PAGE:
5 (1.3. 2.5.5.4) 1.7 (95% CI 5.0001) of higher prevalence ORs for all the GI complaints with increasing headache frequency (Table 3).8) among individuals with ‘much’ nausea compared with those without nausea (Table 2).4 (1.8.5 (1. 3. 2. 2007.0.2 (2.Comorbidity of headache and GI symptoms Table 2 Prevalence odds ratio (OR) of headache (dependent variable) among different groups with gastrointestinal complaints. 1.6. 144–151 Discussion In this large-scale. 1.3. 1. diarrhoea and constipation was increased more than two times for those with headache >14 days/ month compared with those without headache. diarrhoea. 3. 1.5 (95% CI 2. 1.5 (1.2 (1. cross-sectional study we found higher prevalence of headache in individuals with much reflux symptoms.0) 1.5) 1.8 (1. OR* (95% CI) Migraine (n = 6209) No. education.4 (1. The associations between headache and GI symptoms were reduced after adjustment for potential confounding by medication use.5. 2. other GI symptoms have not been validated and no further GI investigations were performed. However. For example. 1. 2. The OR for each of the symptoms reflux.9) 1.4. one would expect that functional GI disorders.6.9 (1.0) 1. 2.7.2 (1.1.5) for migraine and 4.0001 for all the variables.3.0 1. The corresponding OR was 2. 8.1.2.5.7 (1. 1.3 (1.4) 1. © Blackwell Publishing Ltd Cephalalgia.7) for non-migrainous headache compared with those without headache.6) 1. increasing intensity of GI symptoms. 95% CI 2. 1.6) 1.2 (3. 1.6.8) 1.8) 1.0 3.6) 1.5) 1.7) 1.5.8) 1. population-based.6) *Odds ratio adjusted for sex.0 1.7.6.7 (1.8 (1. 3.8) 2. age and education. However.7 (1. 1. anxiety or depression.6) 2. This was most clearly demonstrated for nausea. there are several limitations to the study.4.1.0 1. 3.4) 1.1.4) 1.2.8) 3566 1763 441 439 4213 1175 191 630 3928 1368 351 630 4014 1431 153 611 1. 2. 2. 2. 2.6 (1. OR* (95% CI) 147 Variables Total number Non-migrainous headache (n = 13 633) No.3 (1. 2.8 (1.1. age.0 1.4 (2. Not all individuals answered all questions All headache types (n = 19 842) No.4.7) 1.6. OR* (95% CI) Reflux symptoms No 32 312 Some 12 215 Much 2 519 Missing 4 337 Diarrhoea No 37 692 Some 6 839 Much 922 Missing 5 930 Constipation No 35 729 Some 8 618 Much 1 936 Missing 5 930 Nausea No 39 312 Some 5 579 Much 587 Missing 5 905 11 201 5 630 1 356 1 655 13 397 3 593 563 2 289 12 587 4 139 1 074 2 289 13 476 3 717 405 2 244 1.0 1.5-1. so the reported complaints may have represented different disorders. 1.4 (2. 1.4 (2.0 2.6.0 1.1 (1.0.8) after adjusting for all the covariates. there were strong linear trends (P < 0.8 (95% CI 4.6 (1. 1. First.4) 3.6 (1.6 (1. In addition. being very prevalent in . 1.4. 1. 1. 1.4 (1. The strengths of the study were the large and unselected population and the use of validated headache diagnoses.8) 1. 3.7. 1.7) 1.4) after adjustment for only sex. depression. 22).4 (1.0 (95% CI 2.8 (1.0) 1.7 (1.8) 1.5) 1.6.0 1.0) 1.9. P-trend value <0. 28.0 1. 1.0 1. There were no major differences between migraine and non-migrainous headache regarding the association with GI complaints.2.1) 1.2. 1.5 (1.4.8 (1. anxiety and use of medication calculated in multiple logistic regression.3.5) 7635 3867 915 1216 9184 2418 372 1659 8659 2771 723 1659 9462 2286 252 1633 1.4 (1.6) 1.6) 1. 5.2.5.6. the OR for all headache types in much diarrhoea was 3.6) 1.1) after adjustment for medication use in addition and 2. constipation or nausea than in those without such complaints. 2.7 (95% CI 2.2) 1. 2. The association between headache and GI complaints increased markedly with increasing headache frequency. 1.7.6. headache being more than three times more likely (OR 3.7) 2.0 1. For nausea the corresponding OR values were 6.9) 2.8 (1. The question on acid regurgitation/heartburn (reflux) has also been validated (20) and the use of questionnaires to assess these symptoms is well validated as a reliable measurement of the true occurrence of reflux (21.7 (1.8 (1. 1.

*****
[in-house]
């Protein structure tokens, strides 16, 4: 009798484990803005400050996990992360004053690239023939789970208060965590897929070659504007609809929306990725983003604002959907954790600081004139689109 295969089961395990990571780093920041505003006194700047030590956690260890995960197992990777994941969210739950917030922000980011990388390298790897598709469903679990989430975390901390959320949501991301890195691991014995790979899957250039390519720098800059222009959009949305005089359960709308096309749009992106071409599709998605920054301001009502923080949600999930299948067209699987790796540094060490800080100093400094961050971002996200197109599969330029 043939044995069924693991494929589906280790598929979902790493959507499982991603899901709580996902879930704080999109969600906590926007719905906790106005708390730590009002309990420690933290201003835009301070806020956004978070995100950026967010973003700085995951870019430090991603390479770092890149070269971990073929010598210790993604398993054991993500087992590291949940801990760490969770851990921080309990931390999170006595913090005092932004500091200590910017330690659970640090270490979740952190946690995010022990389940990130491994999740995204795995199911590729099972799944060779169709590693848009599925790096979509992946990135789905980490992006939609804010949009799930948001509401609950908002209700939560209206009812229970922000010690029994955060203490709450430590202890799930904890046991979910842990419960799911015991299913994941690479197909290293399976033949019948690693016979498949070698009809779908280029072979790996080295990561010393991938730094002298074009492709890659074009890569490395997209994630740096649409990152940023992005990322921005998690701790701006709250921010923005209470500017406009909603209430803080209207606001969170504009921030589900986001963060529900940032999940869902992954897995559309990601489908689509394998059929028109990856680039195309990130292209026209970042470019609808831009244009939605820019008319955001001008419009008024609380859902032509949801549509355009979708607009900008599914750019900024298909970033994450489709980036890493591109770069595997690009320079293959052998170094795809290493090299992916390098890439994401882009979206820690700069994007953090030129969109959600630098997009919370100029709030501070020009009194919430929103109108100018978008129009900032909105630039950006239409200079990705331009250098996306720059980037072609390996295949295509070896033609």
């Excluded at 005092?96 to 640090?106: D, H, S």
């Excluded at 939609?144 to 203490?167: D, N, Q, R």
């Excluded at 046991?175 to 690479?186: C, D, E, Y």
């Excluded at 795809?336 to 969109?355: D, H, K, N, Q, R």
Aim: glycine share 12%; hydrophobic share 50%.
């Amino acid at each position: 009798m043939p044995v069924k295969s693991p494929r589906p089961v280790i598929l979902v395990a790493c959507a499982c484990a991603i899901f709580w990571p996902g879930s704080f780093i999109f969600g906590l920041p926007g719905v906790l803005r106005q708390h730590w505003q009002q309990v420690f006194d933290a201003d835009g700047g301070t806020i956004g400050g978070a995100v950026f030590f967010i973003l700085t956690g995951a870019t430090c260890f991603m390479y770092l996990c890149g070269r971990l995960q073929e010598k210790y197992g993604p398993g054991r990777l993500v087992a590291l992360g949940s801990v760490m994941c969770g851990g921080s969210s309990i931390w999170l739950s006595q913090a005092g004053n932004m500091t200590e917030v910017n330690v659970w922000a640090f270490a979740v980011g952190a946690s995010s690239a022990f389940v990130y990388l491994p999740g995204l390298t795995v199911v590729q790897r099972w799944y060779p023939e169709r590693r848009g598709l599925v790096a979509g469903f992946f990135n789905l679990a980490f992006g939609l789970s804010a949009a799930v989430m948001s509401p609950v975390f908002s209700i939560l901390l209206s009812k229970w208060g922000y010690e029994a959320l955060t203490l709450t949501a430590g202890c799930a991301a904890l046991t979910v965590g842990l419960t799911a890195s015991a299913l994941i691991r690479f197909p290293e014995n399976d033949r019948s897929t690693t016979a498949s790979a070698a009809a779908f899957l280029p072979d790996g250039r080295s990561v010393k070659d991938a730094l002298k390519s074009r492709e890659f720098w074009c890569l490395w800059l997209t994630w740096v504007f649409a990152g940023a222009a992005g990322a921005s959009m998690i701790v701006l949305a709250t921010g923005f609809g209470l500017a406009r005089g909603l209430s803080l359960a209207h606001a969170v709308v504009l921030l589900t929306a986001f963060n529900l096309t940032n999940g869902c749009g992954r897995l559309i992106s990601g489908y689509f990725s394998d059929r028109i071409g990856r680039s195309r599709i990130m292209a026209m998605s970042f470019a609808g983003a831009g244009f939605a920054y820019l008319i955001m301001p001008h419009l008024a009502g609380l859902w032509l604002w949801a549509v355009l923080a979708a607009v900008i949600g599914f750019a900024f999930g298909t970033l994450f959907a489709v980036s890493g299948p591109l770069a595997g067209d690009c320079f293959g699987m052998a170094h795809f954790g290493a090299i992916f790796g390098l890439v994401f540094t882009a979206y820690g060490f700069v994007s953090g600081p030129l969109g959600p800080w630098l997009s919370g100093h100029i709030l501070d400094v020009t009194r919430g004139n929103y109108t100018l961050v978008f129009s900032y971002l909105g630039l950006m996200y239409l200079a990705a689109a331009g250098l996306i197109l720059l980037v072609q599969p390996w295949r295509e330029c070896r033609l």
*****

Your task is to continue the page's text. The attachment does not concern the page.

3) 2. 2. The fact that headache and GI complaints were among many other objectives of HUNT makes selective participation due to headache or GI complaints unlikely.6) Constipation (n = 46 283) No. 2. making the two groups more similar than they really were.2 (2. 28.1. 5711 3560 873 410 1094 380 131 2466 493 279 OR* (95% CI) 1. 3. 2.2 (3.7) Headache-free 32 965 All headache types <7 days/month 14 500 7–14 days/month 2 729 >14 days/month 1 189 Migraine <7 days/month 4 361 7–14 days/month 1 125 >14 days/month 350 Non-migrainous headache <7 days/month 10 139 7–14 days/month 1 604 >14 days/month 839 *Odds ratio adjusted for sex.6) 5.8. 3.5) 2. fibromyalgia and chronic fatigue syndrome (29–32). This is not surprising.0.) 1. 2. The bias caused by misclassification can either exaggerate or underestimate the true differences between headache groups. The GI symptoms investigated in this study seem to be approximately as common among persons with non-migrainous headache as among migraine sufferers.8) 2.2 (1. which was more prevalent among migraineurs (Table 3).0 (1. 2.7) 1. Our results seem to be in accordance with previous population-based and clinic-based studies concerning comorbidity of migraine and GI conditions (2. 2. 9.1.7) 2.4 (1. 3806 2973 669 313 921 280 106 2052 389 207 OR* (95% CI) 1.7) 4.0.8) 2.5. 2. 1.5. the questionnaire-based headache diagnoses were not optimal compared with the interview diagnoses (15). depression.6.4) 2.7. 2.8.5) 1.8. Furthermore.0.8 (1.9.1 (1.0) 3.9.2.) 2. 3.3) 1. In addition. 6.9) 2. The impact of nonparticipants has been discussed in more detail previously (13).7 (1. 2.2 (4. 3.8.1) 1. 2. 2007. 4.9 (3. P-trend value <0.0.7.8 (1.7 (1. age.6) 2.5. 1. 144–151 .8. 2. anxiety and use of medication calculated in multiple logistic regression. 1. headache frequency seems to have had a greater impact on the association with GI complaints than the headache diagnoses. the general population. 5. which has previously been linked to both headache and GI © Blackwell Publishing Ltd Cephalalgia. 11). 2.8. 35).8 (1.7) 2. 2.4 (3. education.9. Since the study is cross-sectional it cannot be determined whether frequent headache causes GI complaints or whether other risk factors or a shared susceptibility causes this association.6 (1. 8215 4886 1116 517 1450 469 165 3436 647 352 OR* (95% CI) 1.5. which may suggest that headache sufferers generally are predisposed to other pain syndromes and somatic complaints (33).6) 2.2 (1.2 (2. 4.7 (5.1 (1.7 (2. Table 3 Prevalence odds ratio (OR) of different gastrointestinal complaints (dependent variables) related to headache frequency and compared with headache-free subjects Reflux symptoms (n = 47 046) Variables Total No. 8. 36).5) 2. 1. as nausea is among the diagnostic criteria for migraine.4) 2.6 (4. An exception was nausea.0 (ref. Information bias should be considered as an explanation for the findings in the present study.4) Nausea (n = 45 478) No. the prevalence of migraine in the current population is consistent with data from other population-based studies in Western countries (23).3) 2.0 (ref. 2.7.8) 4.0.8) 2.0 (ref.2 (1.148 AH Aamodt et al. 9–11).3 (2.) 1. 1. 1.2.5. In studies on self-reported complaints the results may be influenced by a tendency to report different symptoms in some individuals (34.9.0 (ref. 2. In the present study. 1. 3.4) 2.3) 1.3 (2.5) 4.0.8) 2.5) 2. The gastrointestinal symptoms were considered to be present if there were some or many of the symptoms.7.6 (2.7 (2.7 (1. Furthermore. the findings in the present study were in line with other studies using different methods (2. Autonomic nervous system (ANS) dysfunction.3 (2. 2. headache has been reported as a significantly more frequent symptom in various unexplained clinical conditions such as IBS. are responsible for the described GI symptoms among the majority.0. 2. the prevalence of GI symptoms in the current population is comparable to that found in other studies (24–28).6.9.) 1.1 (1.0 (1. 2. due to diagnostic inaccuracy. This may create strong associations that are explained by personality traits rather than by biological mechanisms (34.4) Diarrhoea (n = 45 453) No. However.3 (2.0) 2.4 (1.5) 1.9) 2. 3. 5. 2262 2719 795 390 1013 375 144 1706 420 246 OR* (95% CI) 1. there were migraine patients in the group of non-migraineurs and vice versa. Most likely.4 (2. 1.8 (4.0.6) 3.0001 for all the variables. Furthermore.6.8 (1.0.6 (1. Those who report their headache complaints might be more likely to report other complaints such as GI symptoms.3) 6.